Female Interrogators Want You To Stop Hitting On Them, It’s Getting Out Of Hand Now

Sierra Vista, AZ - From dealing with uncooperative detainees during interrogation to piecing together critical intelligence, military interrogators have experienced it all. But the experience for female interrogators is sometimes even tougher. Some have said they've had enough.

"Look, I know we're supposed to be all about human behavior, but this is getting out of hand," says SPC Holly McWhite, a 23 year-old 5'8'' 36-24-36 blonde-haired, blue-eyed, Human Intelligence (HUMINT) Collector with the 309th Military Intelligence Battalion.

McWhite expresses a common complaint of a female typically practicing the craft of a HUMINT professional: Male soldiers cannot apparently distinguish between illicitation from a female to a female "being into you", as McWhite phrases it.

During exercises on elicitation and tactical source operations, McWhite struggles to contain her irritation. "When I ask for your contact information, I just really want to exploit your phone and email for other contacts. If I task you, I am not hitting on you! I am this close to punching someone in the dick! Either that or calling Equal Opportunity Office and file a complaint against...the unit. One of the two."

McWhite knows she isn't alone.

SGT Andrea Mueller, with the 519th Military Intelligence Battalion, reported similar problems during her deployment to Afghanistan. "It's not like I don't know detainees won't gawk at me. Those guys haven't seen a female outside their respective eye slit, let alone one who's going to address them as an equal. It's culture shock. They have an excuse. The guys in my unit don't."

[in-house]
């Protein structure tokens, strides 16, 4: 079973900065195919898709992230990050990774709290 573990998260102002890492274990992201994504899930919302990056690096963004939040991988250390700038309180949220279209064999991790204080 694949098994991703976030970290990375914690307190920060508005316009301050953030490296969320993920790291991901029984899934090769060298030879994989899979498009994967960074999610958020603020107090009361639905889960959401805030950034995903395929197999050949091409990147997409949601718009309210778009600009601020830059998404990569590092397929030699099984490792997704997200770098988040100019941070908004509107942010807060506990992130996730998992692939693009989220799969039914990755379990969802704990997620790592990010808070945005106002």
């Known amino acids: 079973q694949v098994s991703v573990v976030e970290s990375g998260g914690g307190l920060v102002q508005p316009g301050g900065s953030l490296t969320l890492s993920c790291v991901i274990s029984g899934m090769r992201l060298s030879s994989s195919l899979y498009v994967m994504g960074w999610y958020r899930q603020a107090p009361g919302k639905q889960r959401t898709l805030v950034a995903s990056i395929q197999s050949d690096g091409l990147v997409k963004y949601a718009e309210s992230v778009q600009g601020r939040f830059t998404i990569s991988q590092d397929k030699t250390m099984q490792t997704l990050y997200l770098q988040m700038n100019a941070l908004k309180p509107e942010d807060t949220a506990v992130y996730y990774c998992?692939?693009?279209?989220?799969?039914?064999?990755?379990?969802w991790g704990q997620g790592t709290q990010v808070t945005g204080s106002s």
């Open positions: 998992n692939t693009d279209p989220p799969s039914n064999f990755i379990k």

Mueller went on say that although she likes to handle this kind of trouble at the lowest level of the chain of command, it does not make it any easier. "It's like the Army robbed them of social skills in an MOS where we specialize in having social skills. I hope none these jokers gets hit on by foreign intelligence service (FIS). We'd be fucked!"

While McWhite echoed the sentiment, both she and Mueller want to be clear: They don't necessarily feel sexually harassed, but are more concerned about male soldiers falling under the spell of a FIS agent that is clearly out of their league.

"They won't get that Natasha or Zarina aren't really interested in listening to them drone on about how tough they have it until it's too late. The smoking hot Russian or Persian model that just so happened to stumble into that meth laden hole-in-the-wall club in Sierra Vista really wasn't out there for a good time."

Aside from wanting to warn their fellow soldiers of potential "honey-traps", their main complaint is still their male counterparts' hormonal achilles heel.

"Who knows?" Mueller says, shaking her head. "Maybe it's my fault for not being up front and telling them I'm really only into contractors. Or officers."